With President Joe Biden’s new COVID-19 vaccine mandate announced last week, at least a few local health care facilities will likely be strained even further than they have been the past 18 months. Biden said he will request the Occupational Safety and Health Administration to draft an emergency rule requiring all health care employees to be vaccinated without the previous alternative of weekly COVID-19 testing.
Businesses with 100 employees or more will now be required to have all employees be vaccinated, although they will still be given the option to opt out with weekly testing.
The administration said the rule would be finalized in a matter of weeks but no date has been announced for when people would be required to get their vaccines.
Five protestors gathered near City Park on Friday to show their disapproval for Biden’s mandate. Organizer Carol Armstrong, while wearing a “Make America Great Again” hat, said they received a positive response from the public with free gifts given to them and “so many tooting horns and waving.”
“We’re very concerned with the way this country is going,” she said. “He has no right to mandate what we put in our body.
“People are being forced to take the vaccine against their wishes or lose their job – that is so un-American.”
Typically, vaccination requirements for health care workers vary based on the facility and state. Wyoming has no state mandated requirements for health care workers.
“The notion that the President of the United States can simply issue an edict like this raises real constitutional concerns,” said U.S. Rep. Liz Cheney during a media call on Friday.
Cody Regional Health is the largest employer in the county affected by the new order. CEO Doug McMillan said staff would await a final signed order from Biden and then adhere to it.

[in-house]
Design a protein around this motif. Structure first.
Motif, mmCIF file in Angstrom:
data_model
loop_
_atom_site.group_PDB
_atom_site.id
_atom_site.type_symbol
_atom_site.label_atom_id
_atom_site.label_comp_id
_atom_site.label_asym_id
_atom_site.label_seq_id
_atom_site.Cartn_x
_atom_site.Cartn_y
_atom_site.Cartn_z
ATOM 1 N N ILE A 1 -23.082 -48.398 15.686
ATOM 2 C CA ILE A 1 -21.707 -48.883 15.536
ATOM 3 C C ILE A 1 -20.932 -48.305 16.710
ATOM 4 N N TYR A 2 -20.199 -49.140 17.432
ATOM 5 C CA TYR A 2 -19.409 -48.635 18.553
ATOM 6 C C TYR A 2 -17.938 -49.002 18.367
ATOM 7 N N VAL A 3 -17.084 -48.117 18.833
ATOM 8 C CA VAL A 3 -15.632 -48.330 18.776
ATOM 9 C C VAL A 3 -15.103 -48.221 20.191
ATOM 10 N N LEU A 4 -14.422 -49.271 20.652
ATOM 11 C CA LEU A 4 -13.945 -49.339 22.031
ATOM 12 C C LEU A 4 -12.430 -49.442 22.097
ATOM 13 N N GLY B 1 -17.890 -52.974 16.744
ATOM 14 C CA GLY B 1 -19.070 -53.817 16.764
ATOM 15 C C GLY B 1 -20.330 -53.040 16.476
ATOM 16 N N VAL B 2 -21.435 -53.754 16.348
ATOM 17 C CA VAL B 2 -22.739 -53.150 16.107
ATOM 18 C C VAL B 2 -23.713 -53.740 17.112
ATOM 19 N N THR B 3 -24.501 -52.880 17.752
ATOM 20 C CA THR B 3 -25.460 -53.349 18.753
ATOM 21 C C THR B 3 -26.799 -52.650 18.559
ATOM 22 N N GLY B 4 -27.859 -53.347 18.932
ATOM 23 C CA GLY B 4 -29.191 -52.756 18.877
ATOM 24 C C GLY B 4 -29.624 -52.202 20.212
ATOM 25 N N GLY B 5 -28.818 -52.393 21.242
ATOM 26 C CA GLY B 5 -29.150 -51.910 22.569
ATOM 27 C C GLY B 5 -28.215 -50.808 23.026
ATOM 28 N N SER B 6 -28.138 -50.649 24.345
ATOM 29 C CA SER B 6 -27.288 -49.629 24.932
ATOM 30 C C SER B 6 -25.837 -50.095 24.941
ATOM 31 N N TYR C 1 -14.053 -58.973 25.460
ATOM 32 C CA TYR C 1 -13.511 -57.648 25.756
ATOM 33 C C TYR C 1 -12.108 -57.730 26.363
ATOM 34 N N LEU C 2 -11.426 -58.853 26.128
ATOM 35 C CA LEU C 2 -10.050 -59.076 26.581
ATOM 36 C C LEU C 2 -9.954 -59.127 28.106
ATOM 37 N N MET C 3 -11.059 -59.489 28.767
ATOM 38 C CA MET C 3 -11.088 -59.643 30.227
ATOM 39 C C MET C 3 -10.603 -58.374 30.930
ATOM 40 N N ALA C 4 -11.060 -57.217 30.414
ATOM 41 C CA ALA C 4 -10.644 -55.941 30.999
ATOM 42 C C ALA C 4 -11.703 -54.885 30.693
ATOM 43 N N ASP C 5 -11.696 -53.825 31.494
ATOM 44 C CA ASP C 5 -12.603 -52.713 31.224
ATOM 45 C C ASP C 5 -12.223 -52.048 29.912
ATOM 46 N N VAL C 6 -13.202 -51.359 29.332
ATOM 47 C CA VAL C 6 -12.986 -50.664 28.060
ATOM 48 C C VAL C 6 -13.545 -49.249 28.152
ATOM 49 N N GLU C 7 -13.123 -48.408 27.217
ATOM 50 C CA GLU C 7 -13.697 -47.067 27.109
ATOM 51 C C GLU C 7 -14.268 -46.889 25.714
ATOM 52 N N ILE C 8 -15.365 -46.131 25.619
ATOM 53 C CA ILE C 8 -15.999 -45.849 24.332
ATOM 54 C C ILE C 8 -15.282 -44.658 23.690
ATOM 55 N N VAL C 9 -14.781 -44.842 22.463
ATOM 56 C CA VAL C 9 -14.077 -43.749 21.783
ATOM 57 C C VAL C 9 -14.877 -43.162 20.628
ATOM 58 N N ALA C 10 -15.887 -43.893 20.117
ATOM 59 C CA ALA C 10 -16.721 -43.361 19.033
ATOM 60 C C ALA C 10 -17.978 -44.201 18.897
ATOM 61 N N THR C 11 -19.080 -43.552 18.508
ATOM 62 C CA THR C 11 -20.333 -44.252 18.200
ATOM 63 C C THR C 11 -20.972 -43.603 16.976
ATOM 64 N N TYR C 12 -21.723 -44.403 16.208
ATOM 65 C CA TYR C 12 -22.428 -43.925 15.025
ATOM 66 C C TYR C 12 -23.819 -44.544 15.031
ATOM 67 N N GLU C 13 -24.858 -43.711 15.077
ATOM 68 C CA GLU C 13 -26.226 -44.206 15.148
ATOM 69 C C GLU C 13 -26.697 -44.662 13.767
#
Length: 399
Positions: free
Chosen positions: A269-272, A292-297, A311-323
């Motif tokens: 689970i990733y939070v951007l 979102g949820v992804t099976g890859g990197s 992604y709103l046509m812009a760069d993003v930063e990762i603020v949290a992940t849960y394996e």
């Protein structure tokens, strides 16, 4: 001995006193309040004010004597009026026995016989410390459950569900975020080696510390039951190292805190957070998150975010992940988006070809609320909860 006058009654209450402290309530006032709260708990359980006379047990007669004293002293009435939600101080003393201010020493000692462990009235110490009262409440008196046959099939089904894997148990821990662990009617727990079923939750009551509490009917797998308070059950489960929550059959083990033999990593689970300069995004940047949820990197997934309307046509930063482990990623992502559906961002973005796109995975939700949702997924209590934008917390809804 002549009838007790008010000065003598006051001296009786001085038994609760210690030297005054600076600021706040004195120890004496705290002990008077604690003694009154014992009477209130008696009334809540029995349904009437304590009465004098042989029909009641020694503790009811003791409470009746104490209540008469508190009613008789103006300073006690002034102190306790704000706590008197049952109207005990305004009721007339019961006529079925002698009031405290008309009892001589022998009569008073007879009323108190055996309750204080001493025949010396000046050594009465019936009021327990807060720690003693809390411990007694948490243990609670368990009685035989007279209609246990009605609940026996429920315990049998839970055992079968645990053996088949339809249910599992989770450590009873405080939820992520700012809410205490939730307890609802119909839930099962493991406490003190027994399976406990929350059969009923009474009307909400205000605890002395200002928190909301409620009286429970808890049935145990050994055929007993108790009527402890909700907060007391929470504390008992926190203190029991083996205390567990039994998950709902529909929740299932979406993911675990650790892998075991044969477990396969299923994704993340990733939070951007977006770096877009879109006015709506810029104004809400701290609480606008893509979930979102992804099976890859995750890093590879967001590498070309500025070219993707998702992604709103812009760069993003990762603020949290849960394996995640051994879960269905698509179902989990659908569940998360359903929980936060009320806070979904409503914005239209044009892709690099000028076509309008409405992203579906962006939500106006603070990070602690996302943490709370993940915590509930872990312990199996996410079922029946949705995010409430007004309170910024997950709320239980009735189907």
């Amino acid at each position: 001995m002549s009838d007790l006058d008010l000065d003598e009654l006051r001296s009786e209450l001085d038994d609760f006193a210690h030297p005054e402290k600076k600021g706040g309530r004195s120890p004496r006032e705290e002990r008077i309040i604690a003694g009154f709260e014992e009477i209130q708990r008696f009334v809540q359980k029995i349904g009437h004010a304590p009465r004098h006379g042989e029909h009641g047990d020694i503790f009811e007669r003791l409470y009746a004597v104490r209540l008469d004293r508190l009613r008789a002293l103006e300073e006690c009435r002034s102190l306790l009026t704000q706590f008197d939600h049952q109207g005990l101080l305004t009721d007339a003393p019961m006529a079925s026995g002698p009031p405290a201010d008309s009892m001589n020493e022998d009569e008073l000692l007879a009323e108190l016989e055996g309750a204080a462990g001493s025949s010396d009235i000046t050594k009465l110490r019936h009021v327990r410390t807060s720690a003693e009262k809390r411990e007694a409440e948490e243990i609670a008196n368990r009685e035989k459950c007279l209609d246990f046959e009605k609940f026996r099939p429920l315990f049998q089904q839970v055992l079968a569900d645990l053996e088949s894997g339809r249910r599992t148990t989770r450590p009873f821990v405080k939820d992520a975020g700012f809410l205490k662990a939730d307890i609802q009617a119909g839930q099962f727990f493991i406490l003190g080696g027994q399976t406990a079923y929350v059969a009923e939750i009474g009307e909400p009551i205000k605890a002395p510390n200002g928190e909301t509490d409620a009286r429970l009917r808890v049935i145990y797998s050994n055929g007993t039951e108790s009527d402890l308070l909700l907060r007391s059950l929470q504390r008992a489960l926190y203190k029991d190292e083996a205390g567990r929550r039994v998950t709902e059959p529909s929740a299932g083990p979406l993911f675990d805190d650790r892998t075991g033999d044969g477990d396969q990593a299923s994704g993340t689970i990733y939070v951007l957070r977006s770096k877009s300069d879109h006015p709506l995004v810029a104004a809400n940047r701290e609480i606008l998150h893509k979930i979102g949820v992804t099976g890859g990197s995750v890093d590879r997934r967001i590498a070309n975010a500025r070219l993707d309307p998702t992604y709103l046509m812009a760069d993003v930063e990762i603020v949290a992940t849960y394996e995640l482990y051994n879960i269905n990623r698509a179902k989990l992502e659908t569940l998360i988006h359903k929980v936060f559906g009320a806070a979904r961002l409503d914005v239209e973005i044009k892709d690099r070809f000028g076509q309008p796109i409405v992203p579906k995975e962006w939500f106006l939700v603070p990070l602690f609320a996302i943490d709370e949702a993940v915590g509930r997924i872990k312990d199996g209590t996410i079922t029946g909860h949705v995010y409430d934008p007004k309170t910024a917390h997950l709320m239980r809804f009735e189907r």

“We are worried about the staffing issues because of that,” he said. “We’ve talked to other hospitals who said they will lose staff and yes, we’re concerned as well. There’s an existing shortage of staff, and this mandate is going to exacerbate that.”
However, McMillan said having more people in the area vaccinated is the best way to get past the COVID surge, along with testing and treatments.
Aside from Cody Regional Health, one of the few private Cody businesses with more than 100 employees is the Y-Tex Corporation, which has around 119 employees right now and sometimes up to 130-135.
A representative from the company said they will make plans when more information is available on the mandate.
If OSHA were to inspect every workplace under its jurisdiction, it would take 129 years to complete the task, according to a 2011 report from AFL-CIO.
Park County Commissioner Dossie Overfield said it is unclear whether the mandate will affect the county at this time, but it may as it comes from OSHA.
"I don't like mandates that take away citizens' rights to make their own decisions on how to take care of themselves," she said. "Helping citizens get good factual information to help make the decisions is a better solution in my view."